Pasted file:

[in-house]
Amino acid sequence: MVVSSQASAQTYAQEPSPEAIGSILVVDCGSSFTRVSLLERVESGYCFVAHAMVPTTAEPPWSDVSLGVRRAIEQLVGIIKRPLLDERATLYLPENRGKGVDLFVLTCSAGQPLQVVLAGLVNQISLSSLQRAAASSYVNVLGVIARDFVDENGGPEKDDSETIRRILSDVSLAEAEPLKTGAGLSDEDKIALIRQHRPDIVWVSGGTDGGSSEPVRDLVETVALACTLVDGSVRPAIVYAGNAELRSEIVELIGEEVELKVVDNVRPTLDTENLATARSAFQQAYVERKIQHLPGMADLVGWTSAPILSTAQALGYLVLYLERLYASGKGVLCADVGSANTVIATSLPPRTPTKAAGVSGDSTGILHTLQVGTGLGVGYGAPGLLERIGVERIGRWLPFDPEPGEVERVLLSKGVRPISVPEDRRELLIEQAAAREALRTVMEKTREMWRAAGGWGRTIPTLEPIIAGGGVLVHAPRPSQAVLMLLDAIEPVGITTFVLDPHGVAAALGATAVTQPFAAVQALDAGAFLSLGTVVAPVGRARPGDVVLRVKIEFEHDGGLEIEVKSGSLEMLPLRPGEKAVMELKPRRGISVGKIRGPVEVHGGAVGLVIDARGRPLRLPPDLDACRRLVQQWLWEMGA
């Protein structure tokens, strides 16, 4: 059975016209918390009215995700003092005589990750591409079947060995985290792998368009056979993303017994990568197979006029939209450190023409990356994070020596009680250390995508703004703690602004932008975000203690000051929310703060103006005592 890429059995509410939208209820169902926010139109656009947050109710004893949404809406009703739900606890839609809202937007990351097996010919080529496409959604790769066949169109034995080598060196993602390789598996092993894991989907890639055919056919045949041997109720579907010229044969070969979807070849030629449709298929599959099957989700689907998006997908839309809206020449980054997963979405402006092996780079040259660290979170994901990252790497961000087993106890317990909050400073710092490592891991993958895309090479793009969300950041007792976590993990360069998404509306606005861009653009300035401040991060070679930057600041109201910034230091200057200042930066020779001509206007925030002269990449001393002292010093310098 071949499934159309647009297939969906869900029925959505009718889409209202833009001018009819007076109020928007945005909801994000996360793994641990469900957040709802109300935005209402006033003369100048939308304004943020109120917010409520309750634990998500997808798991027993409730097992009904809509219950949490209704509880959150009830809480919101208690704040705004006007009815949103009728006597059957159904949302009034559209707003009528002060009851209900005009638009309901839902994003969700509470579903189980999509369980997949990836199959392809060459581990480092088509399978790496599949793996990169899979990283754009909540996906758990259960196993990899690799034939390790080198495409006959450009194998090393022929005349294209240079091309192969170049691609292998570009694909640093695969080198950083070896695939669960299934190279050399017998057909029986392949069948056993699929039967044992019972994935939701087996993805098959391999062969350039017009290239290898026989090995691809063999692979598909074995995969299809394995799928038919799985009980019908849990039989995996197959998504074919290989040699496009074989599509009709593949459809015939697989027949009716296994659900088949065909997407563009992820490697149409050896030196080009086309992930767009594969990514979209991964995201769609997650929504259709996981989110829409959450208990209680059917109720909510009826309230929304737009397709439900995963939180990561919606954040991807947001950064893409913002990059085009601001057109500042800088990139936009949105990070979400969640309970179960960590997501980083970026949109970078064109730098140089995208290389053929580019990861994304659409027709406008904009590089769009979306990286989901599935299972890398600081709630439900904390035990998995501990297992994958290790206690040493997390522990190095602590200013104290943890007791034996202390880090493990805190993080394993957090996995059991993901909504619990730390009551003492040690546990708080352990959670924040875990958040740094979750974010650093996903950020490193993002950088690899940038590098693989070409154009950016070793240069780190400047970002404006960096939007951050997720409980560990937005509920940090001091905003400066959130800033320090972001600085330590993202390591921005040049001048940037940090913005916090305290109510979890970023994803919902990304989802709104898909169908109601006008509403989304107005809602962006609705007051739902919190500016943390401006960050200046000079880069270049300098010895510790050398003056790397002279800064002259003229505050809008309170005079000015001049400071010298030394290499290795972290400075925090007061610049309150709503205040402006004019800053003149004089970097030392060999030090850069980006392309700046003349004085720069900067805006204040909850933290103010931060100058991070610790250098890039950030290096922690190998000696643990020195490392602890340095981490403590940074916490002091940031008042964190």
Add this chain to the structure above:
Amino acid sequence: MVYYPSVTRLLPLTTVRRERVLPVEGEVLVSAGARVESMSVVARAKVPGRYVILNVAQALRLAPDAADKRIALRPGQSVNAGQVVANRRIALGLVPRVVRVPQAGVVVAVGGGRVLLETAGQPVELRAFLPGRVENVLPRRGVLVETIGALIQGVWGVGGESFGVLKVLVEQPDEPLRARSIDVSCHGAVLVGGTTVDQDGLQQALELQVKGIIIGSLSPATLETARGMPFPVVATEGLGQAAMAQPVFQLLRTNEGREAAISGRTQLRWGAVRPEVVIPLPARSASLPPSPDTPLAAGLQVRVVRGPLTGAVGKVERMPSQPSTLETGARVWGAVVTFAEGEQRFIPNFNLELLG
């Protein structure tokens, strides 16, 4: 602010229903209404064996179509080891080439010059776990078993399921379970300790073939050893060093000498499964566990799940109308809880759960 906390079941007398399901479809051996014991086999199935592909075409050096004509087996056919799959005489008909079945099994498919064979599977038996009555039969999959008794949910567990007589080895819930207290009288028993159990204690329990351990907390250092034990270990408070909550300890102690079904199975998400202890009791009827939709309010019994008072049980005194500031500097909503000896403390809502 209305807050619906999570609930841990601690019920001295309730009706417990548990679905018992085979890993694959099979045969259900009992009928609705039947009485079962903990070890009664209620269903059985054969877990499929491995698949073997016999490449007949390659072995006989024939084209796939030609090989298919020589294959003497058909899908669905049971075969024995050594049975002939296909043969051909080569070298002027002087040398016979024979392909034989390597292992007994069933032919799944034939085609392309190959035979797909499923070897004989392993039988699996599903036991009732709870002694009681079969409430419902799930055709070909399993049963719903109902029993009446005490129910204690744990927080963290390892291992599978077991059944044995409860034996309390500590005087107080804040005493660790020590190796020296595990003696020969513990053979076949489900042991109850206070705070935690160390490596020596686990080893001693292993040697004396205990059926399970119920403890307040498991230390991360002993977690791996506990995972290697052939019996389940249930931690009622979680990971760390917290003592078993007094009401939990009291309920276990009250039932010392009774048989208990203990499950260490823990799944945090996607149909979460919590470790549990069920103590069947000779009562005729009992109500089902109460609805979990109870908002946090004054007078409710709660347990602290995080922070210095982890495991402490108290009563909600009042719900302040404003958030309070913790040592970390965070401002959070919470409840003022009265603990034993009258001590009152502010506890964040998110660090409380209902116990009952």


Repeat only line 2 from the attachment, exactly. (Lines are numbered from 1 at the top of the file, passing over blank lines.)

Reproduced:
Amino acid sequence: MVVSSQASAQTYAQEPSPEAIGSILVVDCGSSFTRVSLLERVESGYCFVAHAMVPTTAEPPWSDVSLGVRRAIEQLVGIIKRPLLDERATLYLPENRGKGVDLFVLTCSAGQPLQVVLAGLVNQISLSSLQRAAASSYVNVLGVIARDFVDENGGPEKDDSETIRRILSDVSLAEAEPLKTGAGLSDEDKIALIRQHRPDIVWVSGGTDGGSSEPVRDLVETVALACTLVDGSVRPAIVYAGNAELRSEIVELIGEEVELKVVDNVRPTLDTENLATARSAFQQAYVERKIQHLPGMADLVGWTSAPILSTAQALGYLVLYLERLYASGKGVLCADVGSANTVIATSLPPRTPTKAAGVSGDSTGILHTLQVGTGLGVGYGAPGLLERIGVERIGRWLPFDPEPGEVERVLLSKGVRPISVPEDRRELLIEQAAAREALRTVMEKTREMWRAAGGWGRTIPTLEPIIAGGGVLVHAPRPSQAVLMLLDAIEPVGITTFVLDPHGVAAALGATAVTQPFAAVQALDAGAFLSLGTVVAPVGRARPGDVVLRVKIEFEHDGGLEIEVKSGSLEMLPLRPGEKAVMELKPRRGISVGKIRGPVEVHGGAVGLVIDARGRPLRLPPDLDACRRLVQQWLWEMGA